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post #25 of 81 Old 10-14-2008, 06:14 PM Thread Starter
 
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Thanks guys! I knew as soon as put up the pics that the blade was on backward. I put it on there without much thought in an effort to tune and align the saw. I don't plan on using this framing blade anyway. It was just in the passenger seat of my truck for my miter saw. I'm actually considering the Avanti crosscut blade by freud because its on clearance at Lowe's.

I figure I'll put a 1/4" sacrificial top on it inside of damaging the brand new mdf top. I'll pick up the new blade when I pick up more sheet goods
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post #26 of 81 Old 10-15-2008, 09:30 AM
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Quote:
Originally Posted by cabinetman View Post
I use a RAS almost daily and can say that the saw cannot climb over the board and come at you. The motor/saw assembly is a fixed distance between the table and the arm, and does not move up and over a board when cutting. If it does that more than one attachment point is loose or not connected, and in that case the saw should not be used anyway. A dull blade, or pulling too fast may cause some resistance which may put an upward pressure on the motor, but in no way will it climb over a board.

What is important is to have a properly set up saw, use an appropriate blade (negative hook), and it being sharp, and feeding into the cut slowly, and use a slow smooth pull.

A push type cutting procedure requires pulling out the saw, setting up the subject piece, and then doing a push cut. I find counteracting the resistance is easier on a pull cut. If a board is wide, there may not be enough room to pull out the saw to start in front of the work.

Getting to know the feel of any tool and its limits may come with their use, and hopefully add to operator safety.

Once again Cabinetman is right. While I have lived in the USA for all my life and my family has been here for 300 years, I still have a problem with translation. My saw is bolted tight and is solid as a rock. The blade doesn't come over the wood and at me is I typed it may. It will make you think that with the wrong blade on it and pulling it to fast. I think my piont I was trying to make was it is better to push than pull the saw motor. The first time it happend to me, it felt like it was going to run over me. I still stand by the fact, when ever possible, push the saw away.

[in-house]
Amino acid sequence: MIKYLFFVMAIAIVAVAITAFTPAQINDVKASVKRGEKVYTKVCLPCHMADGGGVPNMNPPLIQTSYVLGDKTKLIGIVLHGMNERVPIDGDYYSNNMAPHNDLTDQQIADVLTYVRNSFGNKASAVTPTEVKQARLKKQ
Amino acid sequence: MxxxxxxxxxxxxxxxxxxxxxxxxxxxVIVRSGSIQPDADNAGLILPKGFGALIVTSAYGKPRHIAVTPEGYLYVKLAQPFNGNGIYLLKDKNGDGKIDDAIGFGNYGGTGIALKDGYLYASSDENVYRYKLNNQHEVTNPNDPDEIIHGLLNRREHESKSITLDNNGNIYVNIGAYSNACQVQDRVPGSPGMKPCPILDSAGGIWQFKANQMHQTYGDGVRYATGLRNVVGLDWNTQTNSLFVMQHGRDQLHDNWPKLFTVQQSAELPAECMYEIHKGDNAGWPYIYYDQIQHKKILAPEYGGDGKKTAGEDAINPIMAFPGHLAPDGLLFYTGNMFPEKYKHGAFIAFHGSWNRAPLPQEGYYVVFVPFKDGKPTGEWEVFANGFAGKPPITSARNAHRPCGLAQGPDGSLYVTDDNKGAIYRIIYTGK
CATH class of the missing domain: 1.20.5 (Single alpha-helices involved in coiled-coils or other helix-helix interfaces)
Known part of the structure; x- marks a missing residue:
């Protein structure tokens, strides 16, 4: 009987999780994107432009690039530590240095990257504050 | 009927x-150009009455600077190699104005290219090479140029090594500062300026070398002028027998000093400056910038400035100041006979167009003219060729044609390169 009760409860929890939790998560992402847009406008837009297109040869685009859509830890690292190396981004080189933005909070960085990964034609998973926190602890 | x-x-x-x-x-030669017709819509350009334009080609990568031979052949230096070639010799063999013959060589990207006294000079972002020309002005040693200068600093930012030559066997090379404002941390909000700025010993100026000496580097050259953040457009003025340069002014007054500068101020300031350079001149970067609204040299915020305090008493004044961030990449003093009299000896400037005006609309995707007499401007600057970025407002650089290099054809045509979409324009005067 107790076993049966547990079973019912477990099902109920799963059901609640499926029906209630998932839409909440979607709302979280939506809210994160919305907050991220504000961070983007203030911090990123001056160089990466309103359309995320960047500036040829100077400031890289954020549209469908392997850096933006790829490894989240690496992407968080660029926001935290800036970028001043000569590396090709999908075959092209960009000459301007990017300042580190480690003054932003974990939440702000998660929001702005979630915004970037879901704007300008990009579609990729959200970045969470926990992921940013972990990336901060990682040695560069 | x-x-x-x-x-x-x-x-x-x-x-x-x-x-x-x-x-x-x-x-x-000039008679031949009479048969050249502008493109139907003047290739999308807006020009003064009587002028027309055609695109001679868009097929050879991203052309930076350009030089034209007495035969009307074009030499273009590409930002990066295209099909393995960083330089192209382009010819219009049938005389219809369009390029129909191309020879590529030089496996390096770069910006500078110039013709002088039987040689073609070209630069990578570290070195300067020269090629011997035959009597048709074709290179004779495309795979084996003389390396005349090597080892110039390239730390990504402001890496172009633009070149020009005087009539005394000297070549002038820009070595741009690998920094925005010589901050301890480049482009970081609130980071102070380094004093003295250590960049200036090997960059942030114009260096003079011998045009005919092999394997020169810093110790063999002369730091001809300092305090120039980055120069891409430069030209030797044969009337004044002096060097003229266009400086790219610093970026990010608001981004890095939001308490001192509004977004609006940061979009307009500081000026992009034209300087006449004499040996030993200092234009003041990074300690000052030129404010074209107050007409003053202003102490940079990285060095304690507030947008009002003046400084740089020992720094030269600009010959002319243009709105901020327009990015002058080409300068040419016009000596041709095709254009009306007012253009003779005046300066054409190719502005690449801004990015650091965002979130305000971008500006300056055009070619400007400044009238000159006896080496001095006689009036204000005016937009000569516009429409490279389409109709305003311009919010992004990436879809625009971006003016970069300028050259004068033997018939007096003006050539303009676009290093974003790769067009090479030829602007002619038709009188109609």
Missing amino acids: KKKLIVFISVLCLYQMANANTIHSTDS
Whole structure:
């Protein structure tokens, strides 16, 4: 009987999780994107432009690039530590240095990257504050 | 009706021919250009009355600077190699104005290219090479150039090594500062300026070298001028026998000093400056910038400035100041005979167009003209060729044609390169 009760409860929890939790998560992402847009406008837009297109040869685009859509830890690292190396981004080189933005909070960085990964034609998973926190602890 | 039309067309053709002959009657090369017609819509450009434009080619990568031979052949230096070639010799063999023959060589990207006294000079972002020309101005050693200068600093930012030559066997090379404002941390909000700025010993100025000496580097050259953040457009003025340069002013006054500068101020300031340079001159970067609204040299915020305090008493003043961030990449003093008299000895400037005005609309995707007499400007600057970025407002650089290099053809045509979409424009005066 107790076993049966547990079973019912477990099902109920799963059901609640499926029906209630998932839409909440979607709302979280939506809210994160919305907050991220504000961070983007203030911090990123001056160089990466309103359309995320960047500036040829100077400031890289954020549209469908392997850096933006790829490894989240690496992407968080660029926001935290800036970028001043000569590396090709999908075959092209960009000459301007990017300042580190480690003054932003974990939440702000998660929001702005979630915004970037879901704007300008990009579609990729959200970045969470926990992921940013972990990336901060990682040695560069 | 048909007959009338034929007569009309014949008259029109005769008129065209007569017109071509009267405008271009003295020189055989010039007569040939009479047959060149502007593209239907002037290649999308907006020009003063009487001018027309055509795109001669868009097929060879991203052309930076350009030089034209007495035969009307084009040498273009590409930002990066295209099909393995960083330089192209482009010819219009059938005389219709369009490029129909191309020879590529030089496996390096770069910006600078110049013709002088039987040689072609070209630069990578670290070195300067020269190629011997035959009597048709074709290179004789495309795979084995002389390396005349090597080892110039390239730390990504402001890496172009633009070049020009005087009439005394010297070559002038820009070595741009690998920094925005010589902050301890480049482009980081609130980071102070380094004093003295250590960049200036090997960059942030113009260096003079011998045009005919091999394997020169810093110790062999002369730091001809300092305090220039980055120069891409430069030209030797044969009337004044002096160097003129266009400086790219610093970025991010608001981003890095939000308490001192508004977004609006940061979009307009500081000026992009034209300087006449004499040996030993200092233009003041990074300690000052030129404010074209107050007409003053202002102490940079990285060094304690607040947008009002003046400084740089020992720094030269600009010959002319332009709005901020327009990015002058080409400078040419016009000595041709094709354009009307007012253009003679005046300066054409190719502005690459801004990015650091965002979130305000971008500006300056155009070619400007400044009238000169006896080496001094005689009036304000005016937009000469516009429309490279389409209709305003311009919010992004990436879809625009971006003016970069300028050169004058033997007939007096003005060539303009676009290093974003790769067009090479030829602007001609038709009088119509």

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post #27 of 81 Old 10-15-2008, 04:27 PM Thread Starter
 
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I know what you mean about the saw "pulling" itself toward you on the pull stroke. Since my Dad is in town we're putting up tongue and groove reclaimed pine wallboards up in my shop. The wide boards are too wide to cut on the push stroke. Thanks to your guys advice I took the first couple cuts really easy until I found my comfort level with the saw. Great saw though!!!
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post #28 of 81 Old 10-15-2008, 10:19 PM
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The $100 is not a bonus

Some models you have to take the motor off
and ship i to them (Eastern) The money is to cover your labor and shipping.
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post #29 of 81 Old 10-16-2008, 11:53 PM Thread Starter
 
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I'm not sure I understand your post John...
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post #30 of 81 Old 10-29-2008, 04:51 PM
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Originally Posted by TheRecklessOne View Post